TV Girl's Brad Petering talks taking a break, Instagram-ing in your prime, more before Ybor City show at Crowbar

R.I.P. Charlyne.

click to enlarge TV Girl, which plays Crowbar in Ybor City, Florida on June 17, 2018. - BRIAN MAHAR
Brian Mahar
TV Girl, which plays Crowbar in Ybor City, Florida on June 17, 2018.


TV Girl does a pretty good job of making connections in the towns the band visits, booking smart tours and selling tickets to shows. The L.A. pop band does it without having to live on social media either.

"It feels good," Brad Petering wrote to CL when asked about the loyalty of TV Girl's fans. There's been pressure to get an Instagram since the picture-based social media platform as taken off, but Petering said he hates it.

WHO'S THAT GIRL
L.A. indie-pop darling TV Girl brings new album to Crowbar in Tampa's Ybor City

"It’s really hard to imagine my heroes, Bob Dylan, or Leonard Cohen or Lou Reed, giving a shit about something like Instagram," he said. "Can you imagine what a bummer it would be to see those artists 'grammin' in their prime? The way I figure it, Frank Ocean doesn’t have an instagram and he’s the best artist we have to offer right now, and shouldn’t we all aspire to be more like him."

On Sunday, June 17, TV Girl (supporting a new album, Death of a Party Girl) will make real life connections with fans at Crowbar in Ybor City. Petering, who is taking a few months off of music after the tour, took some time to answer a few questions about his band, other bands (Todd Rundgren, Youth Lagoon) and what it's like to be a "lazy" artist. 

Read our Q&A — and get more information on the show — below.

TV Girl w/Sam E Hues/Hello Joyce
Sun. June 17, 7 p.m. $9-$13.
Crowbar, 1812 N. 17th St., Ybor City.
More info: local.cltampa.com
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Todd Rundgren’s camp obviously wanted “If You Want It” off Bandcamp, but you still love to play it at shows, right? Do you think Todd Himself would actually be cool with it?

We actually stopped playing that song a few tours ago. I was sick of it. Plus I wasn’t even the singer who sang on the recording and I stopped identifying with the lyrics I wrote. As for Todd, I doubt he ever heard the song, it was his label who caused a fuss. I’d like to think that he’d dig it but you never know. I saw him live for the first time two years ago and he was amazing. He had Dam Funk as his “backing band” and did this crazy electronic performance. The man is a true innovator who never stopped pushing himself even in his later years. I love Todd.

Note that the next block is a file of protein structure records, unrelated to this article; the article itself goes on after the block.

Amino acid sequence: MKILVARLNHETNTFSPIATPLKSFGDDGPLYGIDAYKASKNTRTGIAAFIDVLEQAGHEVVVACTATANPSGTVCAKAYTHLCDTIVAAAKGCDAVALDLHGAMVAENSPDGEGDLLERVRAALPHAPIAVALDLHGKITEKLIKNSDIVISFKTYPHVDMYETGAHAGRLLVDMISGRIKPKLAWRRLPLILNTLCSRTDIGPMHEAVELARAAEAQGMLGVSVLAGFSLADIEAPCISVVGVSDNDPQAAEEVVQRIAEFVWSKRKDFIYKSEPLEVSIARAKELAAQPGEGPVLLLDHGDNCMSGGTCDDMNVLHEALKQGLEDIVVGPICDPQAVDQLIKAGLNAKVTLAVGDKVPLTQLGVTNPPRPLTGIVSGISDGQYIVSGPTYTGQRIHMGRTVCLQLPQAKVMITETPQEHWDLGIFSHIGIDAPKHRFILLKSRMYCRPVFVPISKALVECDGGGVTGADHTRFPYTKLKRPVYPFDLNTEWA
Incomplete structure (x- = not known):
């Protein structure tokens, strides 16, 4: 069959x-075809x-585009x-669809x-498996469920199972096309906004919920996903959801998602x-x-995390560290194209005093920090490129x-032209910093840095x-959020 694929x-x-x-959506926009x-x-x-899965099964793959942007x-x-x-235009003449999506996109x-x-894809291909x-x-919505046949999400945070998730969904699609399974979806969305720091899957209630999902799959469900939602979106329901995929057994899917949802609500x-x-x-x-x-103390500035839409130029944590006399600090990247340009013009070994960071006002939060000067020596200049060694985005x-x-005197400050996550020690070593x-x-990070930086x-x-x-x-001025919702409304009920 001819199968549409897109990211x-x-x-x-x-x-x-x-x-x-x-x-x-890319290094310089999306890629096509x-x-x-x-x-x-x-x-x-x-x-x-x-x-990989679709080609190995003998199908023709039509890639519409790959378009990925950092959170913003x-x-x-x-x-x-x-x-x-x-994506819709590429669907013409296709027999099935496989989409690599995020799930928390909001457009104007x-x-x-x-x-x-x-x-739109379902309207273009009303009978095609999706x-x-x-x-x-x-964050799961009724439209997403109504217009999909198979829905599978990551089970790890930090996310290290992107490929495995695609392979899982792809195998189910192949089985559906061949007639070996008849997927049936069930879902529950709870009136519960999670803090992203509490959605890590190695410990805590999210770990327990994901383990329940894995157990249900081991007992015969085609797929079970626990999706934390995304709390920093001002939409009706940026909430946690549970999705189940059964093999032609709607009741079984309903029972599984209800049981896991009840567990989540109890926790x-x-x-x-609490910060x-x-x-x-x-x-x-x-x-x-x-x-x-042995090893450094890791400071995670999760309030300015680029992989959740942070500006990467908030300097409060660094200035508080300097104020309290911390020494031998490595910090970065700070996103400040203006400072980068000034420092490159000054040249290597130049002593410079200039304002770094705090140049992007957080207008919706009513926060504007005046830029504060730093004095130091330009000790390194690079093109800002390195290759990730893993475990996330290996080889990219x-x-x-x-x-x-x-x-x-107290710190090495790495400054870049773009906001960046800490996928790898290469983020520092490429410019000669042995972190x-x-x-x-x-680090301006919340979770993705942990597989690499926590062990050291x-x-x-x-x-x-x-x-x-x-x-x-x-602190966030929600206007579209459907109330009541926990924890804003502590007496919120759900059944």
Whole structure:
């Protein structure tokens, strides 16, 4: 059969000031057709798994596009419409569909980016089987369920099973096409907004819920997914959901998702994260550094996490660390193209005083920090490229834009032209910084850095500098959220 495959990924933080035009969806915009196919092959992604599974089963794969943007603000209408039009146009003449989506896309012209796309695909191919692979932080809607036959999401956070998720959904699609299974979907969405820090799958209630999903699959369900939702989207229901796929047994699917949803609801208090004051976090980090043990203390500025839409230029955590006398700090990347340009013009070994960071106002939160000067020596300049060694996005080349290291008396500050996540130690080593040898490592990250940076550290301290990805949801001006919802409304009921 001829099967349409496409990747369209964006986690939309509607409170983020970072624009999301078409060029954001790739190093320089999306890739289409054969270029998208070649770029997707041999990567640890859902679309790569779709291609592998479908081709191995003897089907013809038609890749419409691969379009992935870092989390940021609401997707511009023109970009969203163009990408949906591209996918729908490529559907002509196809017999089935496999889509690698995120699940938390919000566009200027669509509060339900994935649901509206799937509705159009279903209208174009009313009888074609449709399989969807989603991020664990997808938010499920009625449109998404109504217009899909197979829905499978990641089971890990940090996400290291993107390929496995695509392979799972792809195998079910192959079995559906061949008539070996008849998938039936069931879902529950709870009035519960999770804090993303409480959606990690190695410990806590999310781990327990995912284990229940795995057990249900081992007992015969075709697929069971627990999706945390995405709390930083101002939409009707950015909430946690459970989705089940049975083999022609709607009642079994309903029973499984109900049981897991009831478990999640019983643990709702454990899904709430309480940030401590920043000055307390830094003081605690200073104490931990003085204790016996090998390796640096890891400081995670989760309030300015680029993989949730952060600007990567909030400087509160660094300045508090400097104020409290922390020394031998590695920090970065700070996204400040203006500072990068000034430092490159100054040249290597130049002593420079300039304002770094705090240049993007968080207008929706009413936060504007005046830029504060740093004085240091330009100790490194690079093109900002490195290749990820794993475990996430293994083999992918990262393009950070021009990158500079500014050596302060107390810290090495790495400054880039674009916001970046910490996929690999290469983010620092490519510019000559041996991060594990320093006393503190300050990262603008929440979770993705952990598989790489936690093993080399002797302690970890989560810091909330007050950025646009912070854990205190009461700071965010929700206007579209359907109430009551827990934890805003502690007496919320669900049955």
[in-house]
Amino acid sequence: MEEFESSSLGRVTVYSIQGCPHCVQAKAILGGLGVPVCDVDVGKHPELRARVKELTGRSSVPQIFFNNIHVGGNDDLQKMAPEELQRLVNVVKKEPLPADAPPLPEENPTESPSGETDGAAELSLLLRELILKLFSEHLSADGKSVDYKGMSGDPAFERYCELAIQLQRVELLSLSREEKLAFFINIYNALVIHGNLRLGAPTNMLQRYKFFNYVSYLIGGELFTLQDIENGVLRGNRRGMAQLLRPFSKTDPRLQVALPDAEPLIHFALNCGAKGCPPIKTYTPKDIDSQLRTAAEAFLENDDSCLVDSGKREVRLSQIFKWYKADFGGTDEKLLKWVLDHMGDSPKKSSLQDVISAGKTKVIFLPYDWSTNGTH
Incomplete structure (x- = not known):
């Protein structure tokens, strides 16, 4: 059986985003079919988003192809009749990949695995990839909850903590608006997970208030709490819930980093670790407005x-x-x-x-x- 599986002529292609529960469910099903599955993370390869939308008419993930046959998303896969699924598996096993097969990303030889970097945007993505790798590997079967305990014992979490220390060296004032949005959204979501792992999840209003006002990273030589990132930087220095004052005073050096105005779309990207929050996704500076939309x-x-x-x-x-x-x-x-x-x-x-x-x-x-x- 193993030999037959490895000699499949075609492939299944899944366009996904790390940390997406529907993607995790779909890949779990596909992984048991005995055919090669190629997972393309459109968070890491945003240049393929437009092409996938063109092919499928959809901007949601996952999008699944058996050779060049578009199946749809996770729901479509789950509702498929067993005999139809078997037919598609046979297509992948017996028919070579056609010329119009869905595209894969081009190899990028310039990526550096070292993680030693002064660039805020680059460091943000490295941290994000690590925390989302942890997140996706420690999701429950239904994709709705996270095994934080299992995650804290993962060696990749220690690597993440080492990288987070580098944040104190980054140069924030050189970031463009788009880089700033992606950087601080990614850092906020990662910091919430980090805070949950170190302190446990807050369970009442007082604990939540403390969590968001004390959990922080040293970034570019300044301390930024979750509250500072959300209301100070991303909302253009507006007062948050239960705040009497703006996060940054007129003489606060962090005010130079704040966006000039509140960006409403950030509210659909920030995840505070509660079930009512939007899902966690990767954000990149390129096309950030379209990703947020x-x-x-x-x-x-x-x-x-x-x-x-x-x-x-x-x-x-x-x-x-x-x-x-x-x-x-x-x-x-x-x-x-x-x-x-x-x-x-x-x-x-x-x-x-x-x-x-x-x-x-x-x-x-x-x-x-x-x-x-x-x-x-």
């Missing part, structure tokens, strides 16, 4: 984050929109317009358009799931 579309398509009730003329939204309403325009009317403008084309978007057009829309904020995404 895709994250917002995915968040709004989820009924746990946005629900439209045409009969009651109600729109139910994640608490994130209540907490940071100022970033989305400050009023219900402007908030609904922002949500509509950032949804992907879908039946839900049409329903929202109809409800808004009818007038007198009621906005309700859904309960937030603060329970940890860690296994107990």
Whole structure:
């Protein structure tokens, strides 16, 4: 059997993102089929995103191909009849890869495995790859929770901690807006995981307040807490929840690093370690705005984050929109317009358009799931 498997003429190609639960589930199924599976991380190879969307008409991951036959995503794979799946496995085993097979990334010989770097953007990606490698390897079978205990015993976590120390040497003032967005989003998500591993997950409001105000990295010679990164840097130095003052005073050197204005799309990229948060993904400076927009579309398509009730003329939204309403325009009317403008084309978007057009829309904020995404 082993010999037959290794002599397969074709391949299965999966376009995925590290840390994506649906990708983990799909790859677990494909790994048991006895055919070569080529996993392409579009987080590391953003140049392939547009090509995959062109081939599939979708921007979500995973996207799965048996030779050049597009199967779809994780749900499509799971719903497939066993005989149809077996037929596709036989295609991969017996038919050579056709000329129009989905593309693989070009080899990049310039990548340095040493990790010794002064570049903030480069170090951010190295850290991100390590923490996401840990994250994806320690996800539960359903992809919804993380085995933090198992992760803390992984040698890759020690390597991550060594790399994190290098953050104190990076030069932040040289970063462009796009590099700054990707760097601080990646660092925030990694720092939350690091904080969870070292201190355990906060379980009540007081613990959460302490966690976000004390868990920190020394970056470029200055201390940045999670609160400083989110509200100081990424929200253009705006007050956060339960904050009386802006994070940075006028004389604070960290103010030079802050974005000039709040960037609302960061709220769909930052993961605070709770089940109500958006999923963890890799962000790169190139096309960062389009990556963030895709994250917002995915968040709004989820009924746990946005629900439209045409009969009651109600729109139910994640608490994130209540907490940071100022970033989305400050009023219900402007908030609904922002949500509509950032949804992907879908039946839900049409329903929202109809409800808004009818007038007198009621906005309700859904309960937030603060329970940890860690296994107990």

You’re able to exist, and pre-sell concerts, without much of social media presence outside of letting folks know you have records out, are going on tour, etc. — what’s it like to feel that kind of support from fans in a media and entertainment ecosystem that seemingly demands that artists are in their fans’ faces all the time?

It feels good. There’s been a vague pressure to get an instagram as it has replaced Facebook and Twitter as the main social media outlet. But I hate it. It’s really hard to imagine my heroes, Bob Dylan, or Leonard Cohen or Lou Reed, giving a shit about something like Instagram. Can you imagine what a bummer it would be to see those artists “grammin” in their prime? The way I figure it, Frank Ocean doesn’t have an instagram and he’s the best artist we have to offer right now, and shouldn’t we all aspire to be more like him.